The Missouri Territory, by far the largest section of the Louisiana Territory, marked a turning point in the sectional crisis. St. Louis, a bustling Mississippi River town filled with powerful slave owners, loomed large as an important trade headquarters for networks in the northern Mississippi Valley and the Greater West. In 1817, eager to put questions of whether this territory would be slave or free to rest, Congress opened its debate over Missouri’s admission to the Union. Congressman James Tallmadge of New York proposed laws that would gradually abolish slavery in the new state. Southern states responded with unanimous outrage, and the nation shuddered at an undeniable sectional controversy.6
Congress reached a “compromise” on Missouri’s admission, largely through the work of Kentuckian Henry Clay. Maine would be admitted to the Union as a free state. In exchange, Missouri would come into the Union as a slave state. Legislators sought to prevent future conflicts by making Missouri’s southern border at 36°30′ the new dividing line between slavery and freedom in the Louisiana Purchase lands. South of that line, running east from Missouri to the western edge of the Louisiana Purchase lands (near the present-day Texas panhandle), slavery could expand. North of it, encompassing what in 1820 was still “unorganized territory,” there would be no slavery.7
The Missouri Compromise marked a major turning point in America’s sectional crisis because it exposed to the public just how divisive the slavery issue had grown. The debate filled newspapers, speeches, and congressional records. Antislavery and pro-slavery positions from that point forward repeatedly returned to points made during the Missouri debates. Legislators battled for weeks over whether the Constitutional framers intended slavery’s expansion, and these contests left deep scars. Even seemingly simple and straightforward phrases like “all men are created equal” were hotly contested all over again. Questions over the expansion of slavery remained open, but nearly all Americans concluded that the Constitution protected slavery where it already existed.
Southerners were not yet advancing arguments that said slavery was a positive good, but they did insist during the Missouri Debate that the framers supported slavery and wanted to see it expand. In Article I, Section 2, for example, the Constitution enabled representation in the South to be based on rules defining an enslaved person as three fifths of a voter, meaning southern white men would be overrepresented in Congress. The Constitution also stipulated that Congress could not interfere with the slave trade before 1808 and enabled Congress to draft fugitive slave laws.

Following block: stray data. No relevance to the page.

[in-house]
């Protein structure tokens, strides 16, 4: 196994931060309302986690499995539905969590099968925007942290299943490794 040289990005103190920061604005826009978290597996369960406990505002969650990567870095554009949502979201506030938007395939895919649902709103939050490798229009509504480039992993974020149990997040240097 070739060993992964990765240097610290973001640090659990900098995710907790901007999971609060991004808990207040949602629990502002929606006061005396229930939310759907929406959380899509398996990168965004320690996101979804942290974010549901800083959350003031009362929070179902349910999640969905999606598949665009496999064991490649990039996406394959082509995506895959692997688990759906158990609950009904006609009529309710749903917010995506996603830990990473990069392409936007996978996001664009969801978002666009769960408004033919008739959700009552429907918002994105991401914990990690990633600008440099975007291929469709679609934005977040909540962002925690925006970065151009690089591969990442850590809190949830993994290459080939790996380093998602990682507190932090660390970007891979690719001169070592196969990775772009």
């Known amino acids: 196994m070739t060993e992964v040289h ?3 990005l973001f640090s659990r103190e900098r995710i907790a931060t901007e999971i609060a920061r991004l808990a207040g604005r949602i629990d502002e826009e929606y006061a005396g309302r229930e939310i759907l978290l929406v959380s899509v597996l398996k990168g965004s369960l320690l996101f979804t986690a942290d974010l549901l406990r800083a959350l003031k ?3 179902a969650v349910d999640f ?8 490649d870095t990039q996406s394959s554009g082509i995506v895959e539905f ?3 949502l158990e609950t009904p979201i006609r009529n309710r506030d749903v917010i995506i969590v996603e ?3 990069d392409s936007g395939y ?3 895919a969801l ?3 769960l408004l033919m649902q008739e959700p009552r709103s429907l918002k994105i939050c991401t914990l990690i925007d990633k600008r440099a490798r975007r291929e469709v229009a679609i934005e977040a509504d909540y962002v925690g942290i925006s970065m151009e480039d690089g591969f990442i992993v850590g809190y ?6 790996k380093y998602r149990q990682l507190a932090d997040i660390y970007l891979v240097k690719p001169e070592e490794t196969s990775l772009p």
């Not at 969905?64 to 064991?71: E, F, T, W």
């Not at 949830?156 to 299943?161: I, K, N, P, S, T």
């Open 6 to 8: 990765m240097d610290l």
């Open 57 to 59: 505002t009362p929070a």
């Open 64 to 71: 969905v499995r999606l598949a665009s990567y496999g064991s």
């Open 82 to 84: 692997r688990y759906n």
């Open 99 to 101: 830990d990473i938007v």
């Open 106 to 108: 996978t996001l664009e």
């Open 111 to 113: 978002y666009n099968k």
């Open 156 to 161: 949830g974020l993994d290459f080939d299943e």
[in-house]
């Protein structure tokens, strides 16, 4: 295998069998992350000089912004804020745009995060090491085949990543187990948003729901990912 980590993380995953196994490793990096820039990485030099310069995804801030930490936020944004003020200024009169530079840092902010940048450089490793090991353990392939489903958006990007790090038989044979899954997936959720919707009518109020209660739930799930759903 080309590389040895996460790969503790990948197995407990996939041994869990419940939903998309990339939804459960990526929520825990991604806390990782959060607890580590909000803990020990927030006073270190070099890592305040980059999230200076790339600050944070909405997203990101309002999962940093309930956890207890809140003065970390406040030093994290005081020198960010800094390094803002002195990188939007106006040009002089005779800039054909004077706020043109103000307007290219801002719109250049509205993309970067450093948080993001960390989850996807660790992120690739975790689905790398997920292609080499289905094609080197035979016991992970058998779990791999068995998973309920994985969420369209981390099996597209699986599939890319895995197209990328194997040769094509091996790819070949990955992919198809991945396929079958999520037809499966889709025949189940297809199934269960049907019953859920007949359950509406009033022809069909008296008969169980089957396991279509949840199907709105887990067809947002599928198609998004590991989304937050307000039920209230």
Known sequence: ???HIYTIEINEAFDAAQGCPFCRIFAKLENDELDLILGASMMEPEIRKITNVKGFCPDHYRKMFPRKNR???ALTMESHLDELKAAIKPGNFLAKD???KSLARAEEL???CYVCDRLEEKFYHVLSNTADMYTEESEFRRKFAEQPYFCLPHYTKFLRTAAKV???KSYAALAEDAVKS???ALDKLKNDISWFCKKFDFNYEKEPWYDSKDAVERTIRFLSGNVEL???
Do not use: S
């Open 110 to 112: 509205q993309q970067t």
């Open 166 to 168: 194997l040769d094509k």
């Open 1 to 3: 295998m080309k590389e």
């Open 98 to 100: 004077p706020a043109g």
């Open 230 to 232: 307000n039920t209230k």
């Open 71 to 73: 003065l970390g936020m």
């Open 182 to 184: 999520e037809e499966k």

Antislavery participants in the Missouri debate argued that the framers never intended slavery to survive the Revolution and in fact hoped it would disappear through peaceful means. The framers of the Constitution never used the word slave. Slaves were referred to as “persons held in service,” perhaps referring to English common law precedents that questioned the legitimacy of “property in man.” Antislavery activists also pointed out that while Congress could not pass a law limiting the slave trade before 1808, the framers had also recognized the flip side of the debate and had thus opened the door to legislating the slave trade’s end once the deadline arrived. Language in the Tenth Amendment, they claimed, also said slavery could be banned in the territories. Finally, they pointed to the due process clause of the Fifth Amendment, which said that property could be seized through appropriate legislation.8 The bruising Missouri debates ultimately transcended arguments about the Constitution. They became an all-encompassing referendum on the American past, present, and future.
Despite the furor, the Missouri crisis did not yet inspire hardened defenses of either slave or free labor as positive good. Those would come in the coming decades. In the meantime, the uneasy consensus forged by the Missouri debate managed to bring a measure of calm.
The Missouri debate had also deeply troubled the nation’s African Americans and Native Americans. By the time of the Missouri Compromise debate, both groups saw that whites never intended them to be citizens of the United States. In fact, the debates over Missouri’s admission had offered the first sustained debate on the question of black citizenship, as Missouri’s state constitution wanted to impose a hard ban on any future black migrants. Legislators ultimately agreed that this hard ban violated the U.S. Constitution but reaffirmed Missouri’s ability to deny citizenship to African Americans. Americans by 1820 had endured a broad challenge, not only to their cherished ideals but also more fundamentally to their conceptions of self.